Ancient and Modern Hints: Chemotherapy Resistance in Ovarian Cancer

by | Nov 17, 2017

RNA-binding proteins influence epithelial ovarian cancer progression through complex networks with mRNAs, non-coding RNAs and other proteins.

For many decades, the conundrum facing oncologists has been in understanding how cancer cells become resistant to chemotherapy. For the majority of cancer patients, the emergence of treatment resistance is a death sentence. Advances in genomic sequencing have failed to deliver a solution; in ovarian cancer there are few mutational differences between cancer cells extracted from newly diagnosed and resistant patients.

However, at a cellular level, it is apparent that cancers “learn” to overcome the damaging effects of chemotherapy drugs by over-riding cell death signaling, rapidly repairing chromosomal damage, and expelling the drugs from the cell via efflux pumps.  This multi-faceted response to chemotoxic insult indicates that it is a coordinated and pre-existing program of self-protection.

In the review article entitled “Ancient and Modern: Hints of a core post-transcriptional network driving chemotherapy resistance in ovarian cancer” published in WIREs RNA, scientists from Oxford University draw our attention to the possible source of this response, the post-transcriptional gene regulatory (PTGR) network.

Pier Pandolfi was the first to describe an endogenous RNA network of ncRNAs that compete to regulate and fine-tune protein expression via direct and indirect interactions with target mRNAs. In addition to ncRNA, an evolutionarily ancient class of mRNA regulators are RNA binding proteins (RBPs). Here, the researchers have focused on five RBPs that have been described in ovarian cancer and come to two important conclusions. First that RBPs control cell survival both by directly regulating their target mRNAs, but also via an indirect influence on the ceRNA network. Second, there is remarkable functional similarity between the five RBPs that all regulate components of chemotherapy resistance.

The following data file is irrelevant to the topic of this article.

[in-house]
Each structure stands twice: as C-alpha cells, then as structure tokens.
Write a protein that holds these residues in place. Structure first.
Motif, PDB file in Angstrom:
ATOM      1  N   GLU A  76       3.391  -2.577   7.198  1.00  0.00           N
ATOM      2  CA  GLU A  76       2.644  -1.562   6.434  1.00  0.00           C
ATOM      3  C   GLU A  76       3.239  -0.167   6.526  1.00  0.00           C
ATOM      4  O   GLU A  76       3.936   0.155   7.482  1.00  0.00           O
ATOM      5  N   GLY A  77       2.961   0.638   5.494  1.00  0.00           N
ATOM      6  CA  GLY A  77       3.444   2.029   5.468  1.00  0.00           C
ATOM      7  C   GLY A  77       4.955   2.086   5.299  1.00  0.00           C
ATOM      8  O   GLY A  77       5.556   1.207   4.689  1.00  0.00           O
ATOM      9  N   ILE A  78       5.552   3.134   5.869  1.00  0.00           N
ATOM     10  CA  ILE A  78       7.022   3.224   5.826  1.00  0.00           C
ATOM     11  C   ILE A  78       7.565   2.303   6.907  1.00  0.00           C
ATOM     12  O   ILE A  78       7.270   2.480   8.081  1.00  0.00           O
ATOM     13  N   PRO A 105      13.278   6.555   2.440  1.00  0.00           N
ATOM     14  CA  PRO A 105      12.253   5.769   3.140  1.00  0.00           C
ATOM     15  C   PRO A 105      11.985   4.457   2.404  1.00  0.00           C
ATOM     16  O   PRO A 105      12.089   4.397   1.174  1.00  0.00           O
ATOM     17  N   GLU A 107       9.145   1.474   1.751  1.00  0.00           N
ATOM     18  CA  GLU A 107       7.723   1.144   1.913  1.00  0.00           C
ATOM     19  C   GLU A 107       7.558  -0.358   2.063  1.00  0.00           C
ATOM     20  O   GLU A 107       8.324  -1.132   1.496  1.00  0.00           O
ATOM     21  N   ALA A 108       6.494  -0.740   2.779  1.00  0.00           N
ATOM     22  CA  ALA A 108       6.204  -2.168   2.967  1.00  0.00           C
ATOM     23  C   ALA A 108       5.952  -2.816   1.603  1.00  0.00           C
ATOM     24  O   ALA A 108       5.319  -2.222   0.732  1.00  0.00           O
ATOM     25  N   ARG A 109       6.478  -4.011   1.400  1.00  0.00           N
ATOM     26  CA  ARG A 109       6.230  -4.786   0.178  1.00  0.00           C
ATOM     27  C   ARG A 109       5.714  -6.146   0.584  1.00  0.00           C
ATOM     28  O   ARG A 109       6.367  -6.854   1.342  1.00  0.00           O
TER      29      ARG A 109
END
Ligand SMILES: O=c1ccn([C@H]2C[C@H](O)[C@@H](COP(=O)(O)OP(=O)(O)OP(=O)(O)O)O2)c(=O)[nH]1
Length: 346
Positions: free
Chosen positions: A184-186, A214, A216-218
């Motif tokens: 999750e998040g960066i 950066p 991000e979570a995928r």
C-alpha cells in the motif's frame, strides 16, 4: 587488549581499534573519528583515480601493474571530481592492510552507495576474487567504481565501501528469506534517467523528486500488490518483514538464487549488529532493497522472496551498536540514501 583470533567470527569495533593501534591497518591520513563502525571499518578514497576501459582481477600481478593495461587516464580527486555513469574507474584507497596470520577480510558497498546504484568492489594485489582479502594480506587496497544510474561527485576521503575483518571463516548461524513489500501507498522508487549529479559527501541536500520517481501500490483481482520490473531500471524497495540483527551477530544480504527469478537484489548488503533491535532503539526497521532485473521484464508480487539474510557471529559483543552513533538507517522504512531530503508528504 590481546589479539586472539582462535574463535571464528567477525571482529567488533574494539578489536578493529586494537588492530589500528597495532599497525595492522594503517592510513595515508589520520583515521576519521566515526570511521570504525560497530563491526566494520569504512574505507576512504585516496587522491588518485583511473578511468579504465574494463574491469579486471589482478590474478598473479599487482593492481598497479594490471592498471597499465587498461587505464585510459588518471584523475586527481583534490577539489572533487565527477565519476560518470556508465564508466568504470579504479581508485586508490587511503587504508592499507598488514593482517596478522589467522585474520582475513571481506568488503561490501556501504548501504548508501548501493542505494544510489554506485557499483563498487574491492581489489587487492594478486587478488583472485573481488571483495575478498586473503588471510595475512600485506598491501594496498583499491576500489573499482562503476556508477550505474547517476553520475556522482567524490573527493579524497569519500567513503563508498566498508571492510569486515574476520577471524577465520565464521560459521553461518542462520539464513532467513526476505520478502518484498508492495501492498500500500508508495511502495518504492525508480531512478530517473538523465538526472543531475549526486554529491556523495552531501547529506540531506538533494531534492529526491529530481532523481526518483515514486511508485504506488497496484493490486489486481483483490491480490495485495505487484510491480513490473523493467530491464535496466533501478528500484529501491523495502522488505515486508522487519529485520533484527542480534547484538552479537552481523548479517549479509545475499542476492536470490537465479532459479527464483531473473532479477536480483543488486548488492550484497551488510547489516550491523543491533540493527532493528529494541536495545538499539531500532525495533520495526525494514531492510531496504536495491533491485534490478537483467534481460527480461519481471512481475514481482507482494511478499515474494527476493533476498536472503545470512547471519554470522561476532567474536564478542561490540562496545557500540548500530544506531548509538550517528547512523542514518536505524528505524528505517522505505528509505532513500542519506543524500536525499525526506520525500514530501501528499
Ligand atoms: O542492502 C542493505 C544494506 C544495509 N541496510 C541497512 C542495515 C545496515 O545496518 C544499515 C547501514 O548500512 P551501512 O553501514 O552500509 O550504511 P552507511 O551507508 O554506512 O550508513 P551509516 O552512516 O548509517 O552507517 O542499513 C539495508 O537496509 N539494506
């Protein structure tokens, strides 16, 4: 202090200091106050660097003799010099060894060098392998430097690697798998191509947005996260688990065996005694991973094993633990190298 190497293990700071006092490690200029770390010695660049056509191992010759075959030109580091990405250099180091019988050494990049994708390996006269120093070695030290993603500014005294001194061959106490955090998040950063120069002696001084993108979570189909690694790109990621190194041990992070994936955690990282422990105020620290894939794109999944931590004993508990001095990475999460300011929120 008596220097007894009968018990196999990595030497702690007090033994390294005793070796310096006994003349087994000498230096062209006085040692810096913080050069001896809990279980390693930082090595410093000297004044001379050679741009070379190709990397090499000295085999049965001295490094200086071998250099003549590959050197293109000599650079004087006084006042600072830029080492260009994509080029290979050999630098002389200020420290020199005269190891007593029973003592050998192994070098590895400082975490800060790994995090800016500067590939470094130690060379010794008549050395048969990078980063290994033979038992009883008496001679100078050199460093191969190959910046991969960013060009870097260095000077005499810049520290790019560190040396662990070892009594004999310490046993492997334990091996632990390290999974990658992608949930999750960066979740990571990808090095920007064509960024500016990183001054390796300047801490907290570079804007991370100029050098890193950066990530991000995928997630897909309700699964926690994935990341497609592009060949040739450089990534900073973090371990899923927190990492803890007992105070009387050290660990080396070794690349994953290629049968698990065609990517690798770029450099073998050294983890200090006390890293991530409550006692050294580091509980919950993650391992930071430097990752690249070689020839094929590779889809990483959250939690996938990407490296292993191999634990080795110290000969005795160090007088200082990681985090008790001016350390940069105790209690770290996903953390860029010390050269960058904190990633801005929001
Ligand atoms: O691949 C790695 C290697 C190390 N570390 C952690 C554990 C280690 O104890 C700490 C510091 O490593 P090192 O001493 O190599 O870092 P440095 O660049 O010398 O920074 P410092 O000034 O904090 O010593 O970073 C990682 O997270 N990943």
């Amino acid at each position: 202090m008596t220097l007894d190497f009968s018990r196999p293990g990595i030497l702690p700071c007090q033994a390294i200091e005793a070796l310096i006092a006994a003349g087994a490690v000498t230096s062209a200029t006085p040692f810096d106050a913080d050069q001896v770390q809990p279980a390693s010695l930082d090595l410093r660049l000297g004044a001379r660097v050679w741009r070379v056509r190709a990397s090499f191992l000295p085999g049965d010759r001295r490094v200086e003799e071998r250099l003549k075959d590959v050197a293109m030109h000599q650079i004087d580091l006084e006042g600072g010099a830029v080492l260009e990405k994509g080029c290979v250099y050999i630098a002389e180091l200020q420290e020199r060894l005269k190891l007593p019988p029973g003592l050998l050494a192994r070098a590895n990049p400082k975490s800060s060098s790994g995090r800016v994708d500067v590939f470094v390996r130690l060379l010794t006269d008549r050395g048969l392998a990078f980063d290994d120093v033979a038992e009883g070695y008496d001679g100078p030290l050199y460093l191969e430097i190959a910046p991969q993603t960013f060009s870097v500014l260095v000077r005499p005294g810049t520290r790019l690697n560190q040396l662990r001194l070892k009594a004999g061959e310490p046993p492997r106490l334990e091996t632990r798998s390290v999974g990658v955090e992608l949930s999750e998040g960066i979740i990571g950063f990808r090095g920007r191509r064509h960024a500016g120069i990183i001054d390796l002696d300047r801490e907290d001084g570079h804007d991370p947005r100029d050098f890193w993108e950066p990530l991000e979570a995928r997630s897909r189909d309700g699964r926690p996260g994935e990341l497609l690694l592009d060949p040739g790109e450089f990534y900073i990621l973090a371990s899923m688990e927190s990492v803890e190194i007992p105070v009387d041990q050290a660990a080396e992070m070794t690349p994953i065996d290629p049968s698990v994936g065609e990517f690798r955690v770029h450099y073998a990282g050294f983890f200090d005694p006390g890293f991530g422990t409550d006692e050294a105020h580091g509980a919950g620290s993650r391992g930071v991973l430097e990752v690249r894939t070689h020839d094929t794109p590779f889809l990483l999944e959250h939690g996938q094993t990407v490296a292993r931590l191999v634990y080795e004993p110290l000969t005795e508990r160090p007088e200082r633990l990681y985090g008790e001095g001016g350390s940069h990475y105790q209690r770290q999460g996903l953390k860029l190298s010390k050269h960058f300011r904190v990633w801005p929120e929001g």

The authors conclude that RBPs exist within a post-transcriptional network that principally functions to protect cells from stress but, in cancer cells, this network is deployed to protect them from chemotoxic stress. Therefore, drugs rationally designed to target these RBPs might provide an innovative means of overcoming chemotherapy resistance in cancer patients. In an era where protein-protein or protein-RNA interactions are no longer perceived as undruggable, this opens an exciting and intriguing area of cancer research.


Text kindly contributed by the Authors.

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